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TODAY IN SWEDEN

Today in Sweden: A roundup of the latest news on Thursday

Find out what's going on in Sweden today with The Local's short roundup of the news in less than five minutes.

Prison warden Lars Widholm opens a door at Skenäs prison outside Norrköping
Prison warden Lars Widholm opens a door at Skenäs prison outside Norrköping. Photo: Henrik Montgomery/TT

Sweden’s PM: ‘I do not rule out Nato membership’

Sweden’s Prime Minister has declared that she no longer rules out Nato membership, in a sign of the shifting position of the ruling Social Democrats.

“I do not rule out Nato membership in any way,” Magdalena Andersson told Sweden’s state broadcaster SVT. “But I want to make a well-founded analysis of the possibilities open to us and the threats and risks and involved, to be able to take the decision that is best for Sweden.”

Andersson faced criticism from opposition parties earlier this month when she warned that a Nato application from Sweden in the wake of Russia’s invasion of Ukraine risked “further destabilising the security of this part of Europe”.

Her party has also taken a decision at its annual congress not to join Nato, but Andersson told SVT that this decision had been taken in a different geopolitical situation, and could be revised.

Swedish Vocab: att utesluta — to rule out

Sweden Democrat MP leaves party after sharing Russian propaganda 

The Sweden Democrat MP Roger Richthoff is leaving the Sweden Democrats after he shared a video on Facebook which thanked Russia for the invasion of Ukraine, and included Russian propaganda on Ukrainian biological weapons, and claimed that the Nazis in Ukraine were funded by Jews who wanted to destroy Christianity in the country. 

He will also no longer represent the party in the parliament’s defence committee. 

“We do no longer have confidence in Roger Richthoff as an MP in the defence,” Henrik Vinge, the party’s group leader in parliament, told TT. 

Swedish Vocab: politisk vilde — politically independent (an independent MP)

Only half as many rooms needed for Ukrainian refugees: Migration Agency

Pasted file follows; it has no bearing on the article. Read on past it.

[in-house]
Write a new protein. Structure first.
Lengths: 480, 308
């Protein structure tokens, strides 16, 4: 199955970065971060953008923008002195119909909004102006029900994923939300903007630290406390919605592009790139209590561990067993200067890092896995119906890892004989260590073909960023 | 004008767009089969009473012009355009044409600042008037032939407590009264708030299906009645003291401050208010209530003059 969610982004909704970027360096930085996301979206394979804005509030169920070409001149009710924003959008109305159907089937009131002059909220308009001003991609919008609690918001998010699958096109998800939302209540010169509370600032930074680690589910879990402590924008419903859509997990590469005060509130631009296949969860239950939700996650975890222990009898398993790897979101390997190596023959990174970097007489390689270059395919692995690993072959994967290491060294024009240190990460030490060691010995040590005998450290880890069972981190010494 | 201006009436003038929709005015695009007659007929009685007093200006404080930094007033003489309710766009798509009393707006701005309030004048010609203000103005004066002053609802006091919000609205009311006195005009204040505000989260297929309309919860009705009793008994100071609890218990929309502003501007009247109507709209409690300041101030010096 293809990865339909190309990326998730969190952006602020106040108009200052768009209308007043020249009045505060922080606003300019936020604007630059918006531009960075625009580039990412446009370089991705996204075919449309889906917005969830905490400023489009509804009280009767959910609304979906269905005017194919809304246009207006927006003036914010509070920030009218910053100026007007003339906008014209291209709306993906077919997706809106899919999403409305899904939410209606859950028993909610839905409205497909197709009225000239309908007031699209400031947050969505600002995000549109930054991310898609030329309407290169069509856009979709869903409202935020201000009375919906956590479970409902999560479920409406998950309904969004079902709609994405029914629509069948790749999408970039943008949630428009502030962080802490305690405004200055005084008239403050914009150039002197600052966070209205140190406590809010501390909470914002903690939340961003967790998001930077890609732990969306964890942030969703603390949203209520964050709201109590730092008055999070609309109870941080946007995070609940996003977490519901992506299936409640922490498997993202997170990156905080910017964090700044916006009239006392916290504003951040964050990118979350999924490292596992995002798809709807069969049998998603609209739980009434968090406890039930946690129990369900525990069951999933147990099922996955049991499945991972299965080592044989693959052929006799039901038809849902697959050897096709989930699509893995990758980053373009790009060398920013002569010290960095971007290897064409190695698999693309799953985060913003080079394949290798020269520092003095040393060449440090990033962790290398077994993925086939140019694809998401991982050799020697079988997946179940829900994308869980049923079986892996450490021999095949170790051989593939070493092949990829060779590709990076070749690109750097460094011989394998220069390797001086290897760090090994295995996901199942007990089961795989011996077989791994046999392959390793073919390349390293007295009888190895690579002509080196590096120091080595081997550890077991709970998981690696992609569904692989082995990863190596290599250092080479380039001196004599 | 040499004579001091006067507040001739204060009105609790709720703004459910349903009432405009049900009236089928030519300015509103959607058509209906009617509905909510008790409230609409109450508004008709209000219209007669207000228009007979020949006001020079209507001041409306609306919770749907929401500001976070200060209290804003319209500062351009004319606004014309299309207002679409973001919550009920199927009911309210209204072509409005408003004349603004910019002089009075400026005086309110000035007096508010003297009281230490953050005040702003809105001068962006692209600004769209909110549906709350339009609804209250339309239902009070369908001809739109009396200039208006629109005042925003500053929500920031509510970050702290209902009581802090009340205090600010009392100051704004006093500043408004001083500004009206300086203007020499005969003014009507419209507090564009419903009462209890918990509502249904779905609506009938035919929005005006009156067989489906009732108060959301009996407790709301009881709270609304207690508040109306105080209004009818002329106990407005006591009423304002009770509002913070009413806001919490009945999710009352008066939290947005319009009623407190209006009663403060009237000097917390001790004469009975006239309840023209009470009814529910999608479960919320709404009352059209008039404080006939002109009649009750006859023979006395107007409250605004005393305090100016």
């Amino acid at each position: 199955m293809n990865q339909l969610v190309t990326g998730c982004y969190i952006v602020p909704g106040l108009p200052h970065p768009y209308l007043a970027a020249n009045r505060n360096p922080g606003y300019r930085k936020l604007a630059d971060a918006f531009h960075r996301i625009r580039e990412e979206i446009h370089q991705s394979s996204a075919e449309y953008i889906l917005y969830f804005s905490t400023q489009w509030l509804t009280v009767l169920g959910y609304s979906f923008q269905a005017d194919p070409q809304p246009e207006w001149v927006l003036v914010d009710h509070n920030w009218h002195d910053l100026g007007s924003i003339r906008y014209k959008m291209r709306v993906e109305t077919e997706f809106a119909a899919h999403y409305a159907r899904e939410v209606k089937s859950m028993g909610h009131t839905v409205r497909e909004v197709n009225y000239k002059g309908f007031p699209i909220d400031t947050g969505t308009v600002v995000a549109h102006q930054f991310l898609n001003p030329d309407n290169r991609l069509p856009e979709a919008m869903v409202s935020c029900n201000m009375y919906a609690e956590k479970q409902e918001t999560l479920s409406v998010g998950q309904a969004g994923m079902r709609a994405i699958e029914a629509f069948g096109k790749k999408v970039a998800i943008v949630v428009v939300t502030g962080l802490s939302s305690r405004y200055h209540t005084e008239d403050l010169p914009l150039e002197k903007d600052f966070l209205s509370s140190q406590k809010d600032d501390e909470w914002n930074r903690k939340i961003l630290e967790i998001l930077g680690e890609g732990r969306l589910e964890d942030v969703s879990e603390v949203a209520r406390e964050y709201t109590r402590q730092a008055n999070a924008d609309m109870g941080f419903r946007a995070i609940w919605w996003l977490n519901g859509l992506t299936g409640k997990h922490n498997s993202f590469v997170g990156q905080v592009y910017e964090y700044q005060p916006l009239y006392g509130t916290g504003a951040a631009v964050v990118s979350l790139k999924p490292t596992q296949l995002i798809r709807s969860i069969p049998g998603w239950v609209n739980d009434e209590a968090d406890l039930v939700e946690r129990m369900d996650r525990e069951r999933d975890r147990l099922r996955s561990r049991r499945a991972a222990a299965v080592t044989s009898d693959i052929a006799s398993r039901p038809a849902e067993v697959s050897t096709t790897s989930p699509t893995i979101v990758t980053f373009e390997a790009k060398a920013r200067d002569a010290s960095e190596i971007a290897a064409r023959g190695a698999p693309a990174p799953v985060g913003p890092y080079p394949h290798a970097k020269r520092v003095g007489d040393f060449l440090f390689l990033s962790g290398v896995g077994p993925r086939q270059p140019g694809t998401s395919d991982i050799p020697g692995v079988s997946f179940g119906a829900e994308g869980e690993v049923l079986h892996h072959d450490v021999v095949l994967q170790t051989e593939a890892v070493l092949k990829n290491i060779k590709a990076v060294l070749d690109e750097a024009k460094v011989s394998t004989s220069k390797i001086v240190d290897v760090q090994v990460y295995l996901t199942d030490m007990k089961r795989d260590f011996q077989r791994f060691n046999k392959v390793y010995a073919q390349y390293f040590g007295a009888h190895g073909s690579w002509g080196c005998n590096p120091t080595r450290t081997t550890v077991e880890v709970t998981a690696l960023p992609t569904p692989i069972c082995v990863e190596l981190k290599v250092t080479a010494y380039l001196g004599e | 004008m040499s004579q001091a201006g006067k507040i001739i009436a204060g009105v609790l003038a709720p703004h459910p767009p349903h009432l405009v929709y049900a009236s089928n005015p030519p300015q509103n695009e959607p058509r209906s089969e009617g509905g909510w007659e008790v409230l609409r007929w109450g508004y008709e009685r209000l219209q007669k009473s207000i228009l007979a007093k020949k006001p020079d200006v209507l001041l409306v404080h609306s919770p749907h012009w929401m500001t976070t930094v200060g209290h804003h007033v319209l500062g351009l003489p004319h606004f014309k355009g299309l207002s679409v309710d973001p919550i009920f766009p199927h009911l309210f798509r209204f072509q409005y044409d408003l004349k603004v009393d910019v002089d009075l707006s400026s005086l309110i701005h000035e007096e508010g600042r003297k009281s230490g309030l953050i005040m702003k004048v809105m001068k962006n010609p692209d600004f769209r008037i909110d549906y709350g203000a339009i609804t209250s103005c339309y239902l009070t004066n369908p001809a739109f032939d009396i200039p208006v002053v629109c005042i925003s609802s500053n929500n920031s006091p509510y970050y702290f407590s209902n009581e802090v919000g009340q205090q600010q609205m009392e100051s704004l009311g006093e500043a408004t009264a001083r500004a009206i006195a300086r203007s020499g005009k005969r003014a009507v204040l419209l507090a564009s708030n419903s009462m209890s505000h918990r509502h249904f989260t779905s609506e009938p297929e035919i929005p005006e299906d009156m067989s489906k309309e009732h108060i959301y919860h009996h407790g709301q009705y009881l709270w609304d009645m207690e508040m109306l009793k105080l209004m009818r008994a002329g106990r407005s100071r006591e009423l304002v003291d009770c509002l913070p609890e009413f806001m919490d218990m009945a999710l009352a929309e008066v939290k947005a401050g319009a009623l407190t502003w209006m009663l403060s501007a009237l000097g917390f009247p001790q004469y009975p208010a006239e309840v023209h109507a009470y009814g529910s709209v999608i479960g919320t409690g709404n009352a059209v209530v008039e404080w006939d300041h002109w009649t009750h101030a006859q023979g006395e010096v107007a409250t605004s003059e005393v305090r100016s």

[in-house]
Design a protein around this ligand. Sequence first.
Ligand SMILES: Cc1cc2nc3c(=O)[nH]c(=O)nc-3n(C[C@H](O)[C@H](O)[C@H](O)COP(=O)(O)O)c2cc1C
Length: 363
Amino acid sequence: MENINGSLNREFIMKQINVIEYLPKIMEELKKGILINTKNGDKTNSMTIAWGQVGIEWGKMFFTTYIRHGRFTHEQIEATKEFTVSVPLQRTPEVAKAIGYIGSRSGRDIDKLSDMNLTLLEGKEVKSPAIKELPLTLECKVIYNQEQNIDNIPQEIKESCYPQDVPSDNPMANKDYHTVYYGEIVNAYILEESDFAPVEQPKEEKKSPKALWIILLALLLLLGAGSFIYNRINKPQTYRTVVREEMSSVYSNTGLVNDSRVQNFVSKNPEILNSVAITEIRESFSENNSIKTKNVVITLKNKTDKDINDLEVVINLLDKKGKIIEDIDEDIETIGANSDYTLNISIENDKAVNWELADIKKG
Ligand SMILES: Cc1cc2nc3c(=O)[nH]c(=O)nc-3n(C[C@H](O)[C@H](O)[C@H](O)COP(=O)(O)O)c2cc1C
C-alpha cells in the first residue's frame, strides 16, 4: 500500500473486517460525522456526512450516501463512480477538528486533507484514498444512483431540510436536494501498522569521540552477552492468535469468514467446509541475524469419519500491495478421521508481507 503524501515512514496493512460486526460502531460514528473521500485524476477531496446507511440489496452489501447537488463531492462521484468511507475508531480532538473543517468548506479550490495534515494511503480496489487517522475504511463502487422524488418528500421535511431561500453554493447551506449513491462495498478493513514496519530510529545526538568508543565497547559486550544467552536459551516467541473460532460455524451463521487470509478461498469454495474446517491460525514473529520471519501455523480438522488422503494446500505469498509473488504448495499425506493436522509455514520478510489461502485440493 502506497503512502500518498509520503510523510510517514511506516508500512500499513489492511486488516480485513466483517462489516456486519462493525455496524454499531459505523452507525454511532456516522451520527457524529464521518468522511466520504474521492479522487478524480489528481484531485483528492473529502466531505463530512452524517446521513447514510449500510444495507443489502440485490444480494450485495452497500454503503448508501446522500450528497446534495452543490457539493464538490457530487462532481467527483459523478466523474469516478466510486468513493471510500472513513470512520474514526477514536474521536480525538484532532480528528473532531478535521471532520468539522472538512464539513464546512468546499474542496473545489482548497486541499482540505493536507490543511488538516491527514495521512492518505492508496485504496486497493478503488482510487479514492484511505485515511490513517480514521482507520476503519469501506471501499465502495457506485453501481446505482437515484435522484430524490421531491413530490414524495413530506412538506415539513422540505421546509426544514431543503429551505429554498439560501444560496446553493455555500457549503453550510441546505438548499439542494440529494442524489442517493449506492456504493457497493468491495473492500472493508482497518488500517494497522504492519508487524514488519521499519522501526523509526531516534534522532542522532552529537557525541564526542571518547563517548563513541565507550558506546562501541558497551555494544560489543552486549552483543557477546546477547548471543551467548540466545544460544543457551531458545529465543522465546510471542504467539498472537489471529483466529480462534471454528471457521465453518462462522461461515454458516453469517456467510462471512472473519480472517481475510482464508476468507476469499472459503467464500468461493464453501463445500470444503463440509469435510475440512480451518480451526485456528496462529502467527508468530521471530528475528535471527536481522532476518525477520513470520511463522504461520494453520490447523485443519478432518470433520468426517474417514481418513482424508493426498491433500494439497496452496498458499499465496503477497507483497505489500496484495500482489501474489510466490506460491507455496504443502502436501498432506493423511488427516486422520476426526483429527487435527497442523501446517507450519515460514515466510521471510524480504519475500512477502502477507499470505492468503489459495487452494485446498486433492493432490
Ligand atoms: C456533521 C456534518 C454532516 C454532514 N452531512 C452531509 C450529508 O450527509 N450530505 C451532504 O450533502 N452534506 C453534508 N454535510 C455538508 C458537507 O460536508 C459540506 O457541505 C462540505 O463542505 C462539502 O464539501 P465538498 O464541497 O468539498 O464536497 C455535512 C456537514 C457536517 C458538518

Sweden’s Migration Agency has reduced its prognosis for the level of emergency accommodation municipalities need to provide for Ukrainian refugees by half.

According to the agency, Sweden will only need about 6,000 so-called evakueringsplatser or ‘evacuation accommodation in Sweden’s municipality, down from the 12,000 estimated earlier. So far municipalities have made about 4,500 such places available in places such as campsites or schools. 

Swedish Vocab: en bedömning — a judgement, estimate 

Swedish anti-tank weapons ‘unexpectedly effective’: 

Sweden’s Pansarskott 86 anti-armed vehicle weapons have shown themselves to be unexpectedly effective, taking out several heavily armoured tanks, even though Swedish Armed Forces normally only consider them sufficiently powerful to take out lightly armoured vehicles. 

“The catastrophic effects we have seen from being hit by a portable anti-tank weapon has anyway surprised me,” Lieutenant-Colonel Joakim Paasikivi told Norway’s state broadcaster NRK. 

The weapon’s effectiveness in Ukraine, he said, might be down to skilled use by Ukrainian troops, and their ability to find the best possible angle from which to fire them, or it might be down to the fact that Russian tanks are more poorly constructed than expected. 

“The ammunition is stored in the gun tower, so if you hit it around the gun tower you might cause the ammunition to explode, which will blow the tower clean off and kill the crew,” he said. 

Sweden has sent 10,000 anti-tank weapons to Ukraine, Norway has sent 4,000 of the M72 variety, which is also handheld but slightly weaker than the Swedish Pansarskott 86.

Swedish Vocab: att överraska — to surprise

Sweden could now make escaping from prison illegal

Sweden could finally make escaping from prison illegal, after the Green Party switched sides on the issue, giving a proposal to bring in a new law a parliamentary majority. Sweden has long been among the handful of countries where escaping from prison is legal, meaning those that do so and our caught face no additional punishment. 
 
The Moderate Party, Sweden Democrats, Christian Democrats and Liberal Parties have historically been in favour of making escaping from prison illegal, while the Social Democrats, Left Party, Centre Party and Green Party have historically been against it. 
 
Escaping from prison remains legal in a number of countries, including Belgium, Germany, the Netherlands, and Austria.